Anonymous decided to take on defending file-sharing in Operation Payback in September 2010 – its first major operation that featured direct action regardless of legal consequences. As copyright enforcement groups were committing denial-of-service attacks, usually indirectly by hiring private companies, on file-sharing websites such as the Pirate Bay, Anonymous decided to turn its metaphorical guns around and commit denialof-service attacks on the sites of groups such as Motion Picture Association of America (MPAA), law firms, and government agencies that supported copyright enforcement. Then, in December 2010, the US government’s attempted repression of WikiLeaks led to the rapid politicization of Anonymous, which proceeded in ‘Operation Avenge Assange’ in 2010 to take out the websites of Visa, Amazon and PayPal when they proceeded to stop processing donations for WikiLeaks.
This campaign was followed quickly by operations that went beyond protests against content take-downs, but in explicit solidarity with revolutionary movements in Tunisia and the Egyptian Revolution, where Anonymous defaced government websites in solidarity with the Arab Spring. Anonymous also grew its own propaganda arm, created on IRC in the #propaganda channel and primarily distributed through the Twitter accounts like AnonOps and YourAnonymousNews. Anonymous also publicly went beyond its previous simple tactics to more skilled hacking, although hacking had long been secretively employed in many operations. One of the more infamous incidents was the leaking of the emails of the security company HBGary after its CEO Aaron Burr threatened to ‘dox’ Anonymous itself, a hacking that revealed not only their (mostly incorrect) list of people involved with Anonymous but also various proposals of the United States to continue their prosecution of WikiLeaks. For the lulz, smaller break-out groups such as LulzSec began hacking a large number of websites in order to reveal that the digital emperor had no clothes in terms of cyber-security (an effort termed ‘Antisec’ for ‘anti-security’), hacking websites from Britain’s Serious Organized Crime Agency to NATO. Furthermore, Anonymous clearly became no longer only an English-speaking phenomenon, with the Spanish-language Anonymous sending protesters into the street in solidarity with the M15 protests in Spain in the spring of 2011 and a Mexican Anonymous branch unsuccessfully confronting gangs of narcotics like the Zetas.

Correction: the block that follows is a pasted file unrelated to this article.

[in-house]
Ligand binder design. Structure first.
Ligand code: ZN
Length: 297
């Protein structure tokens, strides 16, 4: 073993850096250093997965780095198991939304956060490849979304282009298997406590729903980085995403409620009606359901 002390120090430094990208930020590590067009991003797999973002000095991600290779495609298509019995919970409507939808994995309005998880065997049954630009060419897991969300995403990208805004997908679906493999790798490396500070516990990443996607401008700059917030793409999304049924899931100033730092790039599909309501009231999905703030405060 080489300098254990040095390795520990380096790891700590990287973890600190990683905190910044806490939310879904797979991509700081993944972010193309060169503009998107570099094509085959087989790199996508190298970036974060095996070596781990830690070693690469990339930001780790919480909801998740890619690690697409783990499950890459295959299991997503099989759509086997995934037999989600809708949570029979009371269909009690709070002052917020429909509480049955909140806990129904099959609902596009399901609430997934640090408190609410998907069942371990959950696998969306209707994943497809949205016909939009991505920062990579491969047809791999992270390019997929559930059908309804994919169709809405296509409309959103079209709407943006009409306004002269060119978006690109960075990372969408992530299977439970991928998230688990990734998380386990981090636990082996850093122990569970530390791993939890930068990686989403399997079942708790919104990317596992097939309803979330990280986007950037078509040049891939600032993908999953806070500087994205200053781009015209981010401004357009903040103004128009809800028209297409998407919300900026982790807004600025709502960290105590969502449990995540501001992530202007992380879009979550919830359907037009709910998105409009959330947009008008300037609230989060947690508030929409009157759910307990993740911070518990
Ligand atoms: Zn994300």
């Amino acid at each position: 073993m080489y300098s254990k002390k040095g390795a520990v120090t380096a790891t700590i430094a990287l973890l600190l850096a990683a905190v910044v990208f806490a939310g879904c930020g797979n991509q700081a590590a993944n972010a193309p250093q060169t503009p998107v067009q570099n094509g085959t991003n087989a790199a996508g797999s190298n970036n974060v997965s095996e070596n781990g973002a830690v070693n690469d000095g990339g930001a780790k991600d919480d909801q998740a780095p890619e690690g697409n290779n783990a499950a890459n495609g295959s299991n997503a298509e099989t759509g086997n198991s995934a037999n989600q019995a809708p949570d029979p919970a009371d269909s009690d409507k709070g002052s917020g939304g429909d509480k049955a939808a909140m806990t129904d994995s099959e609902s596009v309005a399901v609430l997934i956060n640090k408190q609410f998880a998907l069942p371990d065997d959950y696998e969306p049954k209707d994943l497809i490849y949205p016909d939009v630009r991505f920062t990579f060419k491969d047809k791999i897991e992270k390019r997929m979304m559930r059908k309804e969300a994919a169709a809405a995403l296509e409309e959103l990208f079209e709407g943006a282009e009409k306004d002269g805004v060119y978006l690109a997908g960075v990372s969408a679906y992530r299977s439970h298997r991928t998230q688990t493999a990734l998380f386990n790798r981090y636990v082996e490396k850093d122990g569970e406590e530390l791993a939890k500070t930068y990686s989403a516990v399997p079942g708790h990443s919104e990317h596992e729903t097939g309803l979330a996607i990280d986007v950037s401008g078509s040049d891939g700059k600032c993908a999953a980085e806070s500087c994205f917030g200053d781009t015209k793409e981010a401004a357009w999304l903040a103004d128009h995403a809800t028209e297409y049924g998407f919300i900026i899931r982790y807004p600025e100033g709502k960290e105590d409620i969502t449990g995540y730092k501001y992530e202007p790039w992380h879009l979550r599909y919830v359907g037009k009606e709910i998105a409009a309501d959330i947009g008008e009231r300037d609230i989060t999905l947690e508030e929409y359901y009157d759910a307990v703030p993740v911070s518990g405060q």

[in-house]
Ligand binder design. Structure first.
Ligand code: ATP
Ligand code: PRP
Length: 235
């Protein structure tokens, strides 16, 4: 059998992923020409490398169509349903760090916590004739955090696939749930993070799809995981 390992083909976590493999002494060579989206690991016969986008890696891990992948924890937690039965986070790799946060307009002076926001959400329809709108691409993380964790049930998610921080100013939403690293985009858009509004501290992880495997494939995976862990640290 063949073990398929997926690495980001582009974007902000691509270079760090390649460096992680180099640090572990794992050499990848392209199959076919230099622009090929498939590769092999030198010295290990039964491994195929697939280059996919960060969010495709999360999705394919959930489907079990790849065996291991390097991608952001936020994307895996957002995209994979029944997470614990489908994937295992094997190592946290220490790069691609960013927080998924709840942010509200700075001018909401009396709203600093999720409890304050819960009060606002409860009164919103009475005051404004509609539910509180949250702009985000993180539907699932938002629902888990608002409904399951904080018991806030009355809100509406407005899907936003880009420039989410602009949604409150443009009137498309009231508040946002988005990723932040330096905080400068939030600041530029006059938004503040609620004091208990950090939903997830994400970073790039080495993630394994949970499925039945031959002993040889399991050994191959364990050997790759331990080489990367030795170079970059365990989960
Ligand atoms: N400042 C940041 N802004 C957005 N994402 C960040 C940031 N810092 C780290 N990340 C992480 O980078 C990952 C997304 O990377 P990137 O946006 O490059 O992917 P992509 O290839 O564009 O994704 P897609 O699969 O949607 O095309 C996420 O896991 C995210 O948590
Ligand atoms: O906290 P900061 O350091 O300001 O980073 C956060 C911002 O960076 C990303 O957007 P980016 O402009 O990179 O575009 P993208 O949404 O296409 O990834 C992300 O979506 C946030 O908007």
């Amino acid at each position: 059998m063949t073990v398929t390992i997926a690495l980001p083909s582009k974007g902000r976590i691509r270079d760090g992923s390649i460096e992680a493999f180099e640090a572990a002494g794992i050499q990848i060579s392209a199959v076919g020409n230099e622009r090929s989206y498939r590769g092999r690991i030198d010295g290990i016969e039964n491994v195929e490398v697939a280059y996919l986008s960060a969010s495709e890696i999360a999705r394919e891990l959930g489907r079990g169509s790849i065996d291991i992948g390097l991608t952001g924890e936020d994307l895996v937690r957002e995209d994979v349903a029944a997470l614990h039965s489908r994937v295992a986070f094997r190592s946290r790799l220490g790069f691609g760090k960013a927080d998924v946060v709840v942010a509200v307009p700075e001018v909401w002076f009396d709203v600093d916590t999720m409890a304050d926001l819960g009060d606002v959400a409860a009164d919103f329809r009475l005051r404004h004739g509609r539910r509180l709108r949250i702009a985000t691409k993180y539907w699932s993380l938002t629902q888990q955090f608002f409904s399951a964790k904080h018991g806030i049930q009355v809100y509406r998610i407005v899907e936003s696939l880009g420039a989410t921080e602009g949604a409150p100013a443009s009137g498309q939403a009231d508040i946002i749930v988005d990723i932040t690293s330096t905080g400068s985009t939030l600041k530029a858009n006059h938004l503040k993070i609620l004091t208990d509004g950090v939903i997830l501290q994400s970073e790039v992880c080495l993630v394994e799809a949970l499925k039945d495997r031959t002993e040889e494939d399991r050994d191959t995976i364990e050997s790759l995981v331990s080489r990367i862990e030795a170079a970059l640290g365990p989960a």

In the fall of 2011, with #occupy it was no accident that protesters wearing V for Vendetta masks were omnipresent. As a personal participant in the first #Occupy meeting in New York, it was clear that it was not David Graeber who started #occupy, but the ability of Anonymous to help content that might would otherwise be ignored by the mass media go viral, such as the video of protesters being beaten up at the Brooklyn Bridge, that eventually forced major newspapers such as the New York Times to cover the growing protests in Zucotti Square. Furthermore, it appears Anonymous was heavily influential in making the Occupy movement global, as witnessed by their ‘Occupy the Planet’ video communique in which they explicitly state their goal of beyond New York City:
Next month marks a momentous moment in our history, everyone everywhere will occupy their squares … it’s now bigger than you and me, its about us, a collective 99 per cent that will no longer stand for the corruption, greed and inequality that is rampant within our governing bodies … spread this message like the plague.